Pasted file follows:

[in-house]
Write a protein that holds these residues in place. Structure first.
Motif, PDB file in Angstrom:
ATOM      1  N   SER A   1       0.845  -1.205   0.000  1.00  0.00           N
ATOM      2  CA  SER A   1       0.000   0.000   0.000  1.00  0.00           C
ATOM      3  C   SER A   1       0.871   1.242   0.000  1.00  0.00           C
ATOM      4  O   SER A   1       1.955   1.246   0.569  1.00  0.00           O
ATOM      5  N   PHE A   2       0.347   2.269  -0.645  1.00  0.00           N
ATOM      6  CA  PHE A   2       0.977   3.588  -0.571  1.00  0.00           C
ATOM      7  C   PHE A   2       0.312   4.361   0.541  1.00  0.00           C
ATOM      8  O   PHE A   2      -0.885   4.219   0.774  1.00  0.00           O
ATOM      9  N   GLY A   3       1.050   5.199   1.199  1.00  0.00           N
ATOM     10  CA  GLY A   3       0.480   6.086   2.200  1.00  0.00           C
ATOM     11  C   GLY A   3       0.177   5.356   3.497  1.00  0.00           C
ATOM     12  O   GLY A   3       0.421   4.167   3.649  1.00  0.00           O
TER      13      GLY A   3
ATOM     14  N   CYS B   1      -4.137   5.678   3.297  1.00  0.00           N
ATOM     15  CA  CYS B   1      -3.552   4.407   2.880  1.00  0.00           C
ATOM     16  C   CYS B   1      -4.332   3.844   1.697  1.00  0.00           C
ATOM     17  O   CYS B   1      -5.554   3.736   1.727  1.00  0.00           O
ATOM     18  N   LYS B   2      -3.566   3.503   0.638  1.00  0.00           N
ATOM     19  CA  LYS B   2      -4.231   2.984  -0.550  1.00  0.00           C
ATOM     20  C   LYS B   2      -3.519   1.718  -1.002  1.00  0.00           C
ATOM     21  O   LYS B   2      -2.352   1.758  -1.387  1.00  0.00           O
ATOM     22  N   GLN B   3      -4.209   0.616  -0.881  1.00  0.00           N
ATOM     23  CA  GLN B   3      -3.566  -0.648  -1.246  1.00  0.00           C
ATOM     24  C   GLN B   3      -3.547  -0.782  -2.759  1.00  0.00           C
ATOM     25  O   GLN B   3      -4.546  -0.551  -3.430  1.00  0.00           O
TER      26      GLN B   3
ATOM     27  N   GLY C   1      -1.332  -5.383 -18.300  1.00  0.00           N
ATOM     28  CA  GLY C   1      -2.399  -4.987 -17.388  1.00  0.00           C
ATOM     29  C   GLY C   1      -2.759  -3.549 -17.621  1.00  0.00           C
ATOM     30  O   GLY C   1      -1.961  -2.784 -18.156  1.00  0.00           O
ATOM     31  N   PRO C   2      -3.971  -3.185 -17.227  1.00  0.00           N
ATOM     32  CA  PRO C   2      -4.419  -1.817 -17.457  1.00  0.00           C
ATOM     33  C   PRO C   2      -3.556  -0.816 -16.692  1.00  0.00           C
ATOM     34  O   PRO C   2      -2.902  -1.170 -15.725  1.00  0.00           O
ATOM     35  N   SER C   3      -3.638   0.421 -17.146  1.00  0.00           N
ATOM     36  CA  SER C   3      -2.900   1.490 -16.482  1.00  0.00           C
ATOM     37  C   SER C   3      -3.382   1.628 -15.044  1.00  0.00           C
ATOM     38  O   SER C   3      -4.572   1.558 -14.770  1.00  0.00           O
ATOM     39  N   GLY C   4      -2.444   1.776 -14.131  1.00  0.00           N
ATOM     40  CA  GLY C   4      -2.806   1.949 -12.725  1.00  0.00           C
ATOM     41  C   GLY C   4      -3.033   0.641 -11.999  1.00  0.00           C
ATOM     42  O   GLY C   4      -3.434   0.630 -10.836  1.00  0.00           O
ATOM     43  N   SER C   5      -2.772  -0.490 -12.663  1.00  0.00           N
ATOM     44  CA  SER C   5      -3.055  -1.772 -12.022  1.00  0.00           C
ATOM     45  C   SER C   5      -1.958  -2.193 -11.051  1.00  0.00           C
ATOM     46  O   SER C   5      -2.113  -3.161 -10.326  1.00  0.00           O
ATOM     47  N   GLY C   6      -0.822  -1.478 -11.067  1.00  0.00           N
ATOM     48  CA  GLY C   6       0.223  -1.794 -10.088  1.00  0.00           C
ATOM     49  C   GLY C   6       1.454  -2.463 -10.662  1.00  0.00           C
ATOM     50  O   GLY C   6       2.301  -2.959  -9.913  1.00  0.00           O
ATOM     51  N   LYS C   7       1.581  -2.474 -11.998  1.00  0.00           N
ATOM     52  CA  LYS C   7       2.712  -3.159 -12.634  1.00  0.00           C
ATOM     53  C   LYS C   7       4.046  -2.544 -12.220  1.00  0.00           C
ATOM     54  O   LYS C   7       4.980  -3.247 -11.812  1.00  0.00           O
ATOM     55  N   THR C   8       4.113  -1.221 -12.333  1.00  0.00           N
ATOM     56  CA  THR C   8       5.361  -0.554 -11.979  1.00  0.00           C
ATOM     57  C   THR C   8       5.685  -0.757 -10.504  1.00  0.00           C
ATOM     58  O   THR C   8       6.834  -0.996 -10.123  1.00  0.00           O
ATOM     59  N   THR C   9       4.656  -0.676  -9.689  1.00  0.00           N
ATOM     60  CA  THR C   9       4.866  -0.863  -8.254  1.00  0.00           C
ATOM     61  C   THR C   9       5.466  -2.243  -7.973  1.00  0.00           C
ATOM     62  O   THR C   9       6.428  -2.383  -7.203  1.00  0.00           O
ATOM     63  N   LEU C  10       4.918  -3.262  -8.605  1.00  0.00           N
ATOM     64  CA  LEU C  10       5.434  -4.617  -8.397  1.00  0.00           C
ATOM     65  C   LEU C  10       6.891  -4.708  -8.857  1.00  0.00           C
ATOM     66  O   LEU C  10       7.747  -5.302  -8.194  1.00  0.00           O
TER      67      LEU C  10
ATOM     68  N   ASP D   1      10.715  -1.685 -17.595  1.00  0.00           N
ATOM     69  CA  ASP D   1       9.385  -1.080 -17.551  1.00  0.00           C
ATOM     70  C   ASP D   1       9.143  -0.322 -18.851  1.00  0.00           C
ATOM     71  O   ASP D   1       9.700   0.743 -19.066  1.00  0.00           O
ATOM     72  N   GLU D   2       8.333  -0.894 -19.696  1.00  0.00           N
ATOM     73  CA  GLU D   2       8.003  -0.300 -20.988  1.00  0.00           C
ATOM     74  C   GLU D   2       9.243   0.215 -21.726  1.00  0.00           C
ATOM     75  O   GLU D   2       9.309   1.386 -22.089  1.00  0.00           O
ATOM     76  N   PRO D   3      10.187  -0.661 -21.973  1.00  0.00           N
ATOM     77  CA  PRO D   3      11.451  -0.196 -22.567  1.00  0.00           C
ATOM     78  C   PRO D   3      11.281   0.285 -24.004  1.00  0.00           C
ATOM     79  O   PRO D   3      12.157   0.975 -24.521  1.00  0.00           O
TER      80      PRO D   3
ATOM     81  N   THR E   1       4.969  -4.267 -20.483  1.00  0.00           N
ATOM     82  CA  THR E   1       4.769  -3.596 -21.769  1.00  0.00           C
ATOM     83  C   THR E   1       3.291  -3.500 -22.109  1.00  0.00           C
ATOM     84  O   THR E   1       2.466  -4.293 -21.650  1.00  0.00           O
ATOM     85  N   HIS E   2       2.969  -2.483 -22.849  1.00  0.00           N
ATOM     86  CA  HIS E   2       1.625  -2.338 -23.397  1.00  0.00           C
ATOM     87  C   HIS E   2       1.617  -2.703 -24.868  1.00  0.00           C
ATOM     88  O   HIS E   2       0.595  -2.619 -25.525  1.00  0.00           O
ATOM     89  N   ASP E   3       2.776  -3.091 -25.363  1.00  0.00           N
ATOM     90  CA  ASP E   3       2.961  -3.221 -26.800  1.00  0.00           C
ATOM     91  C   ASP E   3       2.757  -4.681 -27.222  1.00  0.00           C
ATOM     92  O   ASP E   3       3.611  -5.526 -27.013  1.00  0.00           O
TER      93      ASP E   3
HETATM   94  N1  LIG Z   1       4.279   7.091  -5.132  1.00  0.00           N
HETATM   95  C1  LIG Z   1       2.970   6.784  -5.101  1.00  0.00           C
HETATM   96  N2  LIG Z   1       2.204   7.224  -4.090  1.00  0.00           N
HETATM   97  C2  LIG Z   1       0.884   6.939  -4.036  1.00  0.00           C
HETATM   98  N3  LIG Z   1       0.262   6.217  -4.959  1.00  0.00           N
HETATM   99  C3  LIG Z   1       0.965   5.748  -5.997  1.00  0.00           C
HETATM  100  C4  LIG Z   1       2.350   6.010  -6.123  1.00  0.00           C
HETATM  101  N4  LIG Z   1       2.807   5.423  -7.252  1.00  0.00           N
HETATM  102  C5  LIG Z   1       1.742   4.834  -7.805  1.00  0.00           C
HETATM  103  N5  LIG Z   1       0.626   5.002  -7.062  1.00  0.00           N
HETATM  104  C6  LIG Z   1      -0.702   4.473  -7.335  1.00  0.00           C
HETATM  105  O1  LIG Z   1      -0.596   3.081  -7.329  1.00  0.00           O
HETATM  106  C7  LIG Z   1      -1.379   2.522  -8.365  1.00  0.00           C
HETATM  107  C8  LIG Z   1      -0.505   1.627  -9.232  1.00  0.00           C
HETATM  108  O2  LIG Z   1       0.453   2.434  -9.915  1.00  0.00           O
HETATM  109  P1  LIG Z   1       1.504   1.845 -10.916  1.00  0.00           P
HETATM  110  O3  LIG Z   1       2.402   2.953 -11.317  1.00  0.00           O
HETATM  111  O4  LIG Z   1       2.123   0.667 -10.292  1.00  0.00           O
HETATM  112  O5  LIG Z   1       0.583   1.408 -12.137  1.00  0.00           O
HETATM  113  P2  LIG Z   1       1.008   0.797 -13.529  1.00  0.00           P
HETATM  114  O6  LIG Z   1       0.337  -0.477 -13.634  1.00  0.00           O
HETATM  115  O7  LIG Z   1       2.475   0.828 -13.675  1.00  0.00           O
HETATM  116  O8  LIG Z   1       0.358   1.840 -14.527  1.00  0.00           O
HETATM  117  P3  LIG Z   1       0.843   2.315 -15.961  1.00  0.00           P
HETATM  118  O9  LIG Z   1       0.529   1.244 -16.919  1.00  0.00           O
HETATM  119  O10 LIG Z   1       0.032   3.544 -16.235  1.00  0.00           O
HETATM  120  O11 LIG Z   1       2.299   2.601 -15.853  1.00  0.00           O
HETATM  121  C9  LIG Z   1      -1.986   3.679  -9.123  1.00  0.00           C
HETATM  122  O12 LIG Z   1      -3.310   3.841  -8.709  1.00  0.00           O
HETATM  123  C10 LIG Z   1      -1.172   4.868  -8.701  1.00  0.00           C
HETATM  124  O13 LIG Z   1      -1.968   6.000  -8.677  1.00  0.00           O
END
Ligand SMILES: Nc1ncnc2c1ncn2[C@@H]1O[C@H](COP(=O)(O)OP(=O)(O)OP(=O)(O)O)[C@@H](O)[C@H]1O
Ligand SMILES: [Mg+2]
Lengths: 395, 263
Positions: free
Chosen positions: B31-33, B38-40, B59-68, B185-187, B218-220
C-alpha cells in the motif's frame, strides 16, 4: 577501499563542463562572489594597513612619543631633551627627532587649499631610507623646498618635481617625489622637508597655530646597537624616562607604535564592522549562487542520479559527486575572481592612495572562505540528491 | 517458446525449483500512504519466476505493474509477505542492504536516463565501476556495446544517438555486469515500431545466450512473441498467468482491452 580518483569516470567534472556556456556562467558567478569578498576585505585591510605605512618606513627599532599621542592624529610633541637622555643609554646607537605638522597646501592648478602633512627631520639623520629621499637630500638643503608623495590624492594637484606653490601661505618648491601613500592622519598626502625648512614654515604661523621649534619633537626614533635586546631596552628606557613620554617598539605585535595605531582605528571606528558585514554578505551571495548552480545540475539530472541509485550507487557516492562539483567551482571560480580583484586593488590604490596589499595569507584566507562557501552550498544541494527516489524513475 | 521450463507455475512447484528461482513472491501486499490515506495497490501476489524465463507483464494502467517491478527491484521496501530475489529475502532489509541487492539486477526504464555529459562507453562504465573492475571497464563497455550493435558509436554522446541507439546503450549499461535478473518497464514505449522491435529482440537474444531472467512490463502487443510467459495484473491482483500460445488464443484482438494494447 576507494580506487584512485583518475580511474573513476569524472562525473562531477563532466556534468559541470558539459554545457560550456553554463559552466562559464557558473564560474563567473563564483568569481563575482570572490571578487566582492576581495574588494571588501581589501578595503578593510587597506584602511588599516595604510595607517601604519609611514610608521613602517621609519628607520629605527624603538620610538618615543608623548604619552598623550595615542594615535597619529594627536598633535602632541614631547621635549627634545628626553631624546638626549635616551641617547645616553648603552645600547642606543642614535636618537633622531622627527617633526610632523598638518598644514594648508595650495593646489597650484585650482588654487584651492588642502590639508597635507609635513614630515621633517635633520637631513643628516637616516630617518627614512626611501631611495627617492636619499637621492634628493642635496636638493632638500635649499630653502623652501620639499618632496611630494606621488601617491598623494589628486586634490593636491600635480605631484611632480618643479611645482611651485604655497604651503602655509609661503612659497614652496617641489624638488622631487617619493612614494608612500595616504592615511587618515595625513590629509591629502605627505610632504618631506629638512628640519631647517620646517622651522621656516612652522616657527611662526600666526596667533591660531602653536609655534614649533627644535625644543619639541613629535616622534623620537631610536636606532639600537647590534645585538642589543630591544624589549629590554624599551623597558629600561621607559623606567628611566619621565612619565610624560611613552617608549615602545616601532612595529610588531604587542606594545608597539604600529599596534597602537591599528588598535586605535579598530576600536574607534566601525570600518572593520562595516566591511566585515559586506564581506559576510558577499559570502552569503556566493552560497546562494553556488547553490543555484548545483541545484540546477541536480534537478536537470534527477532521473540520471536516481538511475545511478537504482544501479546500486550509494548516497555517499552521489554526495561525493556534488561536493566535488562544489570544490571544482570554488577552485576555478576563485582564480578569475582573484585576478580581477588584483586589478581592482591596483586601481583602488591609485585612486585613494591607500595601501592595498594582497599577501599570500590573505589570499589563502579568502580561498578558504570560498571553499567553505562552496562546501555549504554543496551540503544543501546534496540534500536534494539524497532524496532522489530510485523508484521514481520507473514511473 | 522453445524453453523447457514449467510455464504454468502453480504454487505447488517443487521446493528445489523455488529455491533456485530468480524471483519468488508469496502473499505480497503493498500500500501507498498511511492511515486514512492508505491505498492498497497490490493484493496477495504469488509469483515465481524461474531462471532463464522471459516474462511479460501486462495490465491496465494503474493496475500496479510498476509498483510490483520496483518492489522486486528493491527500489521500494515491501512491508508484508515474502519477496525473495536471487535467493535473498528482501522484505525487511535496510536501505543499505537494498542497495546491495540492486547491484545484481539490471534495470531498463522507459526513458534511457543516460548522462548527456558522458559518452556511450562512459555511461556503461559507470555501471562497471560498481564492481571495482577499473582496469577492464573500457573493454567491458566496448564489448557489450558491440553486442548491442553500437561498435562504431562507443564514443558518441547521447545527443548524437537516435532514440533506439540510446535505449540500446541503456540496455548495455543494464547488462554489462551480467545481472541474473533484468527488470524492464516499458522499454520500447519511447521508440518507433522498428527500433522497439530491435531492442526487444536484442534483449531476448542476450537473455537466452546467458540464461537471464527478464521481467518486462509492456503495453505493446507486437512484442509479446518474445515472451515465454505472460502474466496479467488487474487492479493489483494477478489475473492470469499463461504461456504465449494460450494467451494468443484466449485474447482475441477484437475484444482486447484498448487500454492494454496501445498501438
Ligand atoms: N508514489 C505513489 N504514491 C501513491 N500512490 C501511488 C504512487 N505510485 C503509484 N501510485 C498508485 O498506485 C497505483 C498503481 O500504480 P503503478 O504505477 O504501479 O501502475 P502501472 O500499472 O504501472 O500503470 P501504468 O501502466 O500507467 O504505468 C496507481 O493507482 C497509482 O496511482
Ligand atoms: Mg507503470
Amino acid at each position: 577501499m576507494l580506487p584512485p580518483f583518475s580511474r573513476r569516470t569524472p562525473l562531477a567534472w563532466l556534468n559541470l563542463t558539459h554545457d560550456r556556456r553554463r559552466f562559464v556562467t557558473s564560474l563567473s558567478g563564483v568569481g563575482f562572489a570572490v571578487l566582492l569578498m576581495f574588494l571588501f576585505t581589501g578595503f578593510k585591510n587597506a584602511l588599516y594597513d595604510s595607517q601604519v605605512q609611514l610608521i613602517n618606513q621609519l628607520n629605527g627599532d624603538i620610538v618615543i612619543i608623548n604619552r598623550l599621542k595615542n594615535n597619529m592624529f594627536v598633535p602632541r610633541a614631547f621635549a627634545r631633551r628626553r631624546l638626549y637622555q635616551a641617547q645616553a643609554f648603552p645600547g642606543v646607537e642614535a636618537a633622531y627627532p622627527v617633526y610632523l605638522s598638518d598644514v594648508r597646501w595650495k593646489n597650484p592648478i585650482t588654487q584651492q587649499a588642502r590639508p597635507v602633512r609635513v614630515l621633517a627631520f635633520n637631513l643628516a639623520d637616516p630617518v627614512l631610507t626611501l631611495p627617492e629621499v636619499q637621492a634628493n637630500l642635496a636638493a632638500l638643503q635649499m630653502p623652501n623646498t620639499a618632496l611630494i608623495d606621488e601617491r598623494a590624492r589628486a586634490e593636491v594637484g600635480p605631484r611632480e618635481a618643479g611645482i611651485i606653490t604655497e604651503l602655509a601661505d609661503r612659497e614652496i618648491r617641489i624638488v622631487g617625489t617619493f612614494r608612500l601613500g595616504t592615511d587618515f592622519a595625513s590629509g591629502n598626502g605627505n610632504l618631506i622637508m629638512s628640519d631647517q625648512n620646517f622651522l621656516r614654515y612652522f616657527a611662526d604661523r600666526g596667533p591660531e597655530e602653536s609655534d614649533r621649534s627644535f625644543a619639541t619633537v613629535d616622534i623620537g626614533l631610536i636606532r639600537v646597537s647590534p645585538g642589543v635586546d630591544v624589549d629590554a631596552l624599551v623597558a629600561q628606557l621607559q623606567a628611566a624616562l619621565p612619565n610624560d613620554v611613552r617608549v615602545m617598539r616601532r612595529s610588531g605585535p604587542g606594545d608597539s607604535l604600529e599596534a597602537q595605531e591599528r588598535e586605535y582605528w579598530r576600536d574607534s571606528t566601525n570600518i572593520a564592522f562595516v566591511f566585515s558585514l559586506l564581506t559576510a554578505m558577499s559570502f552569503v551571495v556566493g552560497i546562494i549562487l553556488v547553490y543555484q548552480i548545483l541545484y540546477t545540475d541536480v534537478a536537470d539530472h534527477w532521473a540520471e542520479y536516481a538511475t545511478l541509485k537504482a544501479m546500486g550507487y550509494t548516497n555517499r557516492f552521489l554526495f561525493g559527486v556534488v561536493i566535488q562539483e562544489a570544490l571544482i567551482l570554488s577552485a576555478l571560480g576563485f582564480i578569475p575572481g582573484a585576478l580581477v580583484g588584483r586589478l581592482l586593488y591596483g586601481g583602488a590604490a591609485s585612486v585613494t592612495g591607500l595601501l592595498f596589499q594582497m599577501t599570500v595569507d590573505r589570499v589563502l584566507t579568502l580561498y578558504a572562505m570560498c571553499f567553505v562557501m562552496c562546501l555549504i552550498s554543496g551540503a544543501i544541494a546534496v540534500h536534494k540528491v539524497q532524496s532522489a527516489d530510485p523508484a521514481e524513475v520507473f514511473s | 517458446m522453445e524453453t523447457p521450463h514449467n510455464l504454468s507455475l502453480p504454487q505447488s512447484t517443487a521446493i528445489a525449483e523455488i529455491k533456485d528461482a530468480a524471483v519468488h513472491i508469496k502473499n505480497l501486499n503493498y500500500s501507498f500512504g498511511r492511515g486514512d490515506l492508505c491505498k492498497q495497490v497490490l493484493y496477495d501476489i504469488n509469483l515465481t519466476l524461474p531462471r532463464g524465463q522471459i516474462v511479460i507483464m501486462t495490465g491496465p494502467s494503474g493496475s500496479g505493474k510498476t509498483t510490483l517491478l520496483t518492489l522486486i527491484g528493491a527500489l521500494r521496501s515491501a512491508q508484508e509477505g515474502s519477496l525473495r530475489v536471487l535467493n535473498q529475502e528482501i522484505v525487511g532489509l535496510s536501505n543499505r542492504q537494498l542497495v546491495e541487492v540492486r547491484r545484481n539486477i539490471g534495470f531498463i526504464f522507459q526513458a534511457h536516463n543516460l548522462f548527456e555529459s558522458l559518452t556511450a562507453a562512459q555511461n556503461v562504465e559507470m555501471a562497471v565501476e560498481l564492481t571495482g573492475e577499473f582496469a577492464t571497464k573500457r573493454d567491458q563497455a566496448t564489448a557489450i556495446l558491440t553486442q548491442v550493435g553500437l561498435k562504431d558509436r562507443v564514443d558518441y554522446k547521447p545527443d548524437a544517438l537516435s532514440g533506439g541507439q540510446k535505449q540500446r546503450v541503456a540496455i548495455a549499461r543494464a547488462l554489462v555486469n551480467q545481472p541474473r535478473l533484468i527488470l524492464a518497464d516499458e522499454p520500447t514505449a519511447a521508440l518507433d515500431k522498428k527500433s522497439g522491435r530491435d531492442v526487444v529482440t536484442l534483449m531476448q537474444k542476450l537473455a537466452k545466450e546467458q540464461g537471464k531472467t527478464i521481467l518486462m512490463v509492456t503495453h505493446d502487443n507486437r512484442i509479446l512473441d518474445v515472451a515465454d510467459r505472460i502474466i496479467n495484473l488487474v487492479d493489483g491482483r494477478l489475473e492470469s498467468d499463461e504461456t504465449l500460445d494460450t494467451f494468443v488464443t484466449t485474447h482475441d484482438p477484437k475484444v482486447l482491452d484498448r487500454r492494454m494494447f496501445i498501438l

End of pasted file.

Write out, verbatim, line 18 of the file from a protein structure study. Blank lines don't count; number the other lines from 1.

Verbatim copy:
ATOM     15  CA  CYS B   1      -3.552   4.407   2.880  1.00  0.00           C